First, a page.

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Top teens exposed online

In digital world, do young stars need Twitter sitters?

TV talkshow appearances, magazine interviews and press junkets are so 2008 when it comes to marketing young performers. Increasingly, brand builders find more power in using digital media to give fans direct (albeit virtual) access to their favorite celebrities online.

“The traditional model is PR-to-media-to-consumer. Now we have the ability to go straight to the consumer,” says Laura Ackermann, senior publicist for L.A. praisery Much and House, which represents such youth talent as Yara Shahidi (“Imagine That”) and Mitchel Musso (“Hannah Montana”).

According to Walt Disney Records’ media honcho Matt Fitz-Henry, “It’s important to create content and distribution networks that allow fans to interact with our artists wherever they spend time online,” which entails making webisodes, iPod applications and special online widgets. But it’s the (relatively) unscripted persona many young stars present to the world via social networks and services that foster a connection with their fans.

Twitter seems to be the favorite of Young Hollywood, making it easier to interact with fans by sending short messages from their cell phones. Their 140-characters-or-fewer missives can be programmed to pop up immediately on their websites, blogs and Facebook and MySpace pages, where they are often seen and “retweeted” by fan sites or teen magazines.

Getting the word out this way certainly has its advantages. When Nick Jonas fell ill while on tour, the Jonas Brothers tweeted that the show was canceled. Moments after a blogger gossiped that Demi Lovato was dating Joe Jonas, Lovato squashed the rumor by tweeting an adamant denial. In another case, fans felt they were backstage with Taylor Swift when she tweeted three minutes before going on camera, “SNL is about to happen. Wow. I’m excited. And happy. And nervous. And excited. Watch?” (turning a savvy plug for her appearance into a candid-sounding update).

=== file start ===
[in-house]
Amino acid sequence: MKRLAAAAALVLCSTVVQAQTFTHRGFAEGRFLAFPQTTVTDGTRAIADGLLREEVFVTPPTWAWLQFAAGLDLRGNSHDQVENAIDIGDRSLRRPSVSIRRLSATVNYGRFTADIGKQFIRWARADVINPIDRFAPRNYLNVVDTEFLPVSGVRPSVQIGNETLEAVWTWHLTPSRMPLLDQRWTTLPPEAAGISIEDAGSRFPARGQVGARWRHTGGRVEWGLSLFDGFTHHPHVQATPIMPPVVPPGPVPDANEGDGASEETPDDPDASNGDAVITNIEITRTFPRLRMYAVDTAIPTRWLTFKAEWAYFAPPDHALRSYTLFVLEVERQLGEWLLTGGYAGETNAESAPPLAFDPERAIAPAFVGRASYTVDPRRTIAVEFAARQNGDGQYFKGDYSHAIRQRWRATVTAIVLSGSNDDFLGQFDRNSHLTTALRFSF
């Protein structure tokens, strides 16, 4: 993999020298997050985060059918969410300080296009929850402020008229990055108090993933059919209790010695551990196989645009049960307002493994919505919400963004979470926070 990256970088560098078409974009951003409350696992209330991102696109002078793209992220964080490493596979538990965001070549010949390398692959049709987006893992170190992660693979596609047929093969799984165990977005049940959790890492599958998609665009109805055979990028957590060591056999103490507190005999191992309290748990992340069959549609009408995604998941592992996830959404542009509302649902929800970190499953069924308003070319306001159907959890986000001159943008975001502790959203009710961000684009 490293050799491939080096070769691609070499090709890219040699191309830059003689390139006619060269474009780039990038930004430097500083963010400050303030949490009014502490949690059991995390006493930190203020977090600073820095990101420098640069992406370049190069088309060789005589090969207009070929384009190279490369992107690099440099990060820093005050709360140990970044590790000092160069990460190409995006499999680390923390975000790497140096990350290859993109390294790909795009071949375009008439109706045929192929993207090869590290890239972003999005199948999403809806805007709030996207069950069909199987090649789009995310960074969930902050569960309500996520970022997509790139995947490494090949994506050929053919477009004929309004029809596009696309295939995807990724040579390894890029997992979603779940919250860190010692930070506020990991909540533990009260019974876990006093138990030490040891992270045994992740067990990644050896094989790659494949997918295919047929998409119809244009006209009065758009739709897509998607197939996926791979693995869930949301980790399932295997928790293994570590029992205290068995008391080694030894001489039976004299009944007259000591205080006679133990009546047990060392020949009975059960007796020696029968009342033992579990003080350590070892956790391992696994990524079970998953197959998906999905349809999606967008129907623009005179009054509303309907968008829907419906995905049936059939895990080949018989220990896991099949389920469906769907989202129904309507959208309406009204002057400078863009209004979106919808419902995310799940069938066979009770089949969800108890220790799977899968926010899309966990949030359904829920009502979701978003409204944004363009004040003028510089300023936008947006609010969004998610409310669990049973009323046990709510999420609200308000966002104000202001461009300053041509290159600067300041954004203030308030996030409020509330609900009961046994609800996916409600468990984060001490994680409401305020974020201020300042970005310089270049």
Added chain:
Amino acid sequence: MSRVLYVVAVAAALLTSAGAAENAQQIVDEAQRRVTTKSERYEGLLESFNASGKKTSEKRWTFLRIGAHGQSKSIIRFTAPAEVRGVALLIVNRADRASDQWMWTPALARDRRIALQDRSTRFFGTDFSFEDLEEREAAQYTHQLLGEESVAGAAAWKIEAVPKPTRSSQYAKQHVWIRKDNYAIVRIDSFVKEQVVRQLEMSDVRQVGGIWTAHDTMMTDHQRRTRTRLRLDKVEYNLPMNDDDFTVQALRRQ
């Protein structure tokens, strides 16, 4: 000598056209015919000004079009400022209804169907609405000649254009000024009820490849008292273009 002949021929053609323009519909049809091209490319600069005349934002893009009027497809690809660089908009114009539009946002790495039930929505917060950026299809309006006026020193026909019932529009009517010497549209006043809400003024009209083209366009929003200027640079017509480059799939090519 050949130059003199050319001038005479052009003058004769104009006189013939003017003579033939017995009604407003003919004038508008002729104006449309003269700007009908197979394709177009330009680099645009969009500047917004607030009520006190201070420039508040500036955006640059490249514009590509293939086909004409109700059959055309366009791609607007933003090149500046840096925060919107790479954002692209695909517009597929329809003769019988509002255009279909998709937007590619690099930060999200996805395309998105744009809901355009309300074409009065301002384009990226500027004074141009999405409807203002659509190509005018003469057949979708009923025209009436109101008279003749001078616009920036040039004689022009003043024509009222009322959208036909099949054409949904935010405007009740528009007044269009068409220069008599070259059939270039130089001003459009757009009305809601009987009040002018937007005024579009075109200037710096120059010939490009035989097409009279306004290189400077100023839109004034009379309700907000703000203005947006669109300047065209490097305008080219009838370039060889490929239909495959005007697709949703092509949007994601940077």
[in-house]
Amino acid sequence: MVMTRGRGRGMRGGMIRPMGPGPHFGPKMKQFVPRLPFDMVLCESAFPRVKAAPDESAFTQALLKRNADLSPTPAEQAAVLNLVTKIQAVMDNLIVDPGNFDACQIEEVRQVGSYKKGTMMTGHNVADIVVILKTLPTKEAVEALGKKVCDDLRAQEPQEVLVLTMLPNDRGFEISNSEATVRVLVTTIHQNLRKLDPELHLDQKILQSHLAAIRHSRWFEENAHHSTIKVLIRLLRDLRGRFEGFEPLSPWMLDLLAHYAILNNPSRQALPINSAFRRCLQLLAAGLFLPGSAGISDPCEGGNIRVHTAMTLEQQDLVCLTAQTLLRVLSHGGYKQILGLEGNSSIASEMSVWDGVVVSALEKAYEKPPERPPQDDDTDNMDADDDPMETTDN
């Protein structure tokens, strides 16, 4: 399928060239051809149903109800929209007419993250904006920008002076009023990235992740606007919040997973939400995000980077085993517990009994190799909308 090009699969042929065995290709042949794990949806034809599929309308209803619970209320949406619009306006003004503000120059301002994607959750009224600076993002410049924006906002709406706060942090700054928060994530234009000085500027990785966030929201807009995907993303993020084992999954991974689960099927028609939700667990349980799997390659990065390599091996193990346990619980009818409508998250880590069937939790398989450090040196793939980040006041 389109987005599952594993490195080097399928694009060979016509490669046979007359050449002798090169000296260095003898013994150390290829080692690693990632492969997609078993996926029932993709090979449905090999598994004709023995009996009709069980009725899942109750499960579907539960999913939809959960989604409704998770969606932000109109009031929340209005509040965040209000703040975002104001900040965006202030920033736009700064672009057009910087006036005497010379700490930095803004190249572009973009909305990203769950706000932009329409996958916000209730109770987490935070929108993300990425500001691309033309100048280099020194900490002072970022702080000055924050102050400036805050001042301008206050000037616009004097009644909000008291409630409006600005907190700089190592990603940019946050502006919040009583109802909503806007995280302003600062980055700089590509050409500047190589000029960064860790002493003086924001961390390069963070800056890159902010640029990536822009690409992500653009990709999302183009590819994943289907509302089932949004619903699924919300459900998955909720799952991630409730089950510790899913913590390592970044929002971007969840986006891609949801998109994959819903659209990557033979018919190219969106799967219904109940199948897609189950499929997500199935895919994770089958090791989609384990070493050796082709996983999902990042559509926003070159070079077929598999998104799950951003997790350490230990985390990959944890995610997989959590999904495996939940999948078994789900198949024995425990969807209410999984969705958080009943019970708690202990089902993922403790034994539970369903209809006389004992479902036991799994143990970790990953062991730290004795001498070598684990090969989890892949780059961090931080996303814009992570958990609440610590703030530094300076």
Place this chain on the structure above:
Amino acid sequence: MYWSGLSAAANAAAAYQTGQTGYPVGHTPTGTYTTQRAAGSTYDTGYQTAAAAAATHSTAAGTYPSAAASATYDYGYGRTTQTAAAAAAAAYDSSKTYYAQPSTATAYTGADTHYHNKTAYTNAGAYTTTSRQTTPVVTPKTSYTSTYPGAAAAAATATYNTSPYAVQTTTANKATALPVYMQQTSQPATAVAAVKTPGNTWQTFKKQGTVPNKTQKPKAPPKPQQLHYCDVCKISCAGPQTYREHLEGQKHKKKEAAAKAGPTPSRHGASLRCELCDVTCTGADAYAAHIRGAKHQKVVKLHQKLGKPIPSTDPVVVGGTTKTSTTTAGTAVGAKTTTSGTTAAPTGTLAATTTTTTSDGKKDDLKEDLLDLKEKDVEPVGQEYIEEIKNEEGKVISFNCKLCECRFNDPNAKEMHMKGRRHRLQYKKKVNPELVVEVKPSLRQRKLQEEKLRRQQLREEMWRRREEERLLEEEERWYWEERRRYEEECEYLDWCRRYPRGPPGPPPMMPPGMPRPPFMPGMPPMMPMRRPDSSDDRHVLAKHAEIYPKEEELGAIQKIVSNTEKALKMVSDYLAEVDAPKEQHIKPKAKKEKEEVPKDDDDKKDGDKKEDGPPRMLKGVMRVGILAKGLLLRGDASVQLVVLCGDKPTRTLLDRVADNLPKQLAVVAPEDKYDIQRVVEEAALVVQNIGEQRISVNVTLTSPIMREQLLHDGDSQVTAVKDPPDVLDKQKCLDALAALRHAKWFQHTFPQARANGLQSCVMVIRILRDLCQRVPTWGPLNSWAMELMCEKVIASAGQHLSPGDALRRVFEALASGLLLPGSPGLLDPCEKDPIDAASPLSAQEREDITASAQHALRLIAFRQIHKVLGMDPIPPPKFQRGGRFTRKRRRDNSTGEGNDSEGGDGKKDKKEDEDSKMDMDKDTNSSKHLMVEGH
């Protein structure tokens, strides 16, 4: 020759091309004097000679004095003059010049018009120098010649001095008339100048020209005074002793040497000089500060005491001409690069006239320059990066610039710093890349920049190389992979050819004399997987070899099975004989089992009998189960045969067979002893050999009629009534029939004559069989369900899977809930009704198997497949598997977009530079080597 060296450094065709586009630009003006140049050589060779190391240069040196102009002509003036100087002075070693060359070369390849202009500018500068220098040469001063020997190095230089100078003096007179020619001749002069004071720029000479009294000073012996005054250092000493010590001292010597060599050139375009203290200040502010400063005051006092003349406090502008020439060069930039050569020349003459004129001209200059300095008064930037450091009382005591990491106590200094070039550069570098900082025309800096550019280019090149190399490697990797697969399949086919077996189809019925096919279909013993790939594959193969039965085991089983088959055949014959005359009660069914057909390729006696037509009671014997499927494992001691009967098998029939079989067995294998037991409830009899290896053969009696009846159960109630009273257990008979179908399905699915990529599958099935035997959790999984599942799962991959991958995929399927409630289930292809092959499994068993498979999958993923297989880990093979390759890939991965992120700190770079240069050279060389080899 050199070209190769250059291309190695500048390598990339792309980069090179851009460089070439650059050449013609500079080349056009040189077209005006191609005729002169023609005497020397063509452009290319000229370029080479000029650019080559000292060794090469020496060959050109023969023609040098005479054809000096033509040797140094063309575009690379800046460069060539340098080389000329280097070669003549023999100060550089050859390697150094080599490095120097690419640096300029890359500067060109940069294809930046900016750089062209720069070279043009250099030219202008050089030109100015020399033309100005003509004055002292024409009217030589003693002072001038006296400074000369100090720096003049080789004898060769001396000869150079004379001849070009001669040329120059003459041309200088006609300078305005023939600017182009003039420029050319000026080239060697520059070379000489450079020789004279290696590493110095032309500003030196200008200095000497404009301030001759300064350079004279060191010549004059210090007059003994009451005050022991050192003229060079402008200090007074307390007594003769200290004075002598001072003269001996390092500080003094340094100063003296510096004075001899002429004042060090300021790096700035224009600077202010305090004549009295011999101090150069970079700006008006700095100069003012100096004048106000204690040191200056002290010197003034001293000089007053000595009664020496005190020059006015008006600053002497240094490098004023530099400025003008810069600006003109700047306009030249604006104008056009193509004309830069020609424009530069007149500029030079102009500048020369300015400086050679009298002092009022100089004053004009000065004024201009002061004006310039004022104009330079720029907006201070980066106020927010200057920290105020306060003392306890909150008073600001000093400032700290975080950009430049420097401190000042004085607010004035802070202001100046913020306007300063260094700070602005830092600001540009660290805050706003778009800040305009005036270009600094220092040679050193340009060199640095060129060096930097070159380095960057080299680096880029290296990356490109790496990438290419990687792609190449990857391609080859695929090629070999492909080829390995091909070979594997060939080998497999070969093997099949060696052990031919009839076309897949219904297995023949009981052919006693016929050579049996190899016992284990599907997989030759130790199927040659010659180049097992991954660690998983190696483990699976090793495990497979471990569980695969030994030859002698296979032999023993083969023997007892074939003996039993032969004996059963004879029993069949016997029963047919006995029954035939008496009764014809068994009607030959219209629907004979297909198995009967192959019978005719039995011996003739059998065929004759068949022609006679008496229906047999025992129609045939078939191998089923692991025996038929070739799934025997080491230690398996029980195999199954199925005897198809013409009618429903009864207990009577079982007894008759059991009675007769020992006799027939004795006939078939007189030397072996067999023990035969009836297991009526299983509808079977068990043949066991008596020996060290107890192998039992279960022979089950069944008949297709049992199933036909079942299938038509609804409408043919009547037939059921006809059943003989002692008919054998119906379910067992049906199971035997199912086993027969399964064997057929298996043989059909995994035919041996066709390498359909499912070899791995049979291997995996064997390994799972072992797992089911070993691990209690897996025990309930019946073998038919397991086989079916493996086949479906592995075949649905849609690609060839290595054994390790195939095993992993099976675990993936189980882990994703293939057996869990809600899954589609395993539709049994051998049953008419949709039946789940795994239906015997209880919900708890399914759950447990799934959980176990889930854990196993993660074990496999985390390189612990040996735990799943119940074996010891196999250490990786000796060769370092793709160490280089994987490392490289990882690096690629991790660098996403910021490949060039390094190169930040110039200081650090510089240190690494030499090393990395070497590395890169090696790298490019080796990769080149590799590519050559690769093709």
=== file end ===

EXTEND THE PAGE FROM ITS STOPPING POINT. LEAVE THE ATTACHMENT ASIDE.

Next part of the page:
Maintaining an active new-media presence is vital to an established performer like Miley Cyrus. “For someone who is so unapproachable to the everyday kid, how do we create this unique, lifelong bond?” asks Jason Gluck, president of Mileyworld.com. For Cyrus, the solution has been a Children’s Online Privacy Protection Act-compliant social networking site that gives its 2 million unique visitors exclusive content. “We give the fans something extra in a safe environment because, in the end, one of the negatives is sharing too much information with young kids,” Gluck says.

No one knows that better than Cyrus, who has unwittingly become the poster child for how new media can be useful as well as abused: Suggestive photos popping up on MySpace and Twitter, a YouTube video that was perceived to be making fun of other Disney Channel stars, and personal information on Twitter and blogs that became fodder for gossip mavens likely contributed to Cyrus being voted “Worst Celeb Influence” by AOL’s tween site JSYK.com. “She’s the most successful, has the most successful fan club, has the biggest MySpace online community,” Gluck says.

But because of that access, he adds: “She is put at risk. That’s just the cost of being the biggest star in the world.”

Indeed, when it comes to those who do their own updating, publicists often coach their underage clients about how to protect themselves online. “If they’re going to be on Twitter, I tell them to think twice before they hit ‘send,'” says the Obrink Agency partner Scott Wine. “I don’t want them to be sterile and have no personality, but they need to learn to keep certain things to their close-knit circle of family and friends.” (When embarrassing information or photos do get online, it spreads fast and can be virtually impossible to control, as “High School Musical” star Vanessa Hudgens learned last year.)

The immediacy and availability of information about these high-profile minors concerns many. “I definitely think it’s superdangerous. That’s exactly why Miley left Twitter,” says Jared Eng, the blogger behind teen site JustJaredJr.com. “Also, Twitter can create a flash mob (where local fans show up to catch a glimpse of a favorite star), and that can be dangerous if your following is of that magnitude.”

Since kids are often savvy about new media and thus the ones pioneering the use of emerging technologies, “(The trick) is just trying to guide as much as you can, but part of embracing social media is giving up control,” Ackermann says. “It’s a new struggle yet a wonderful thing.”

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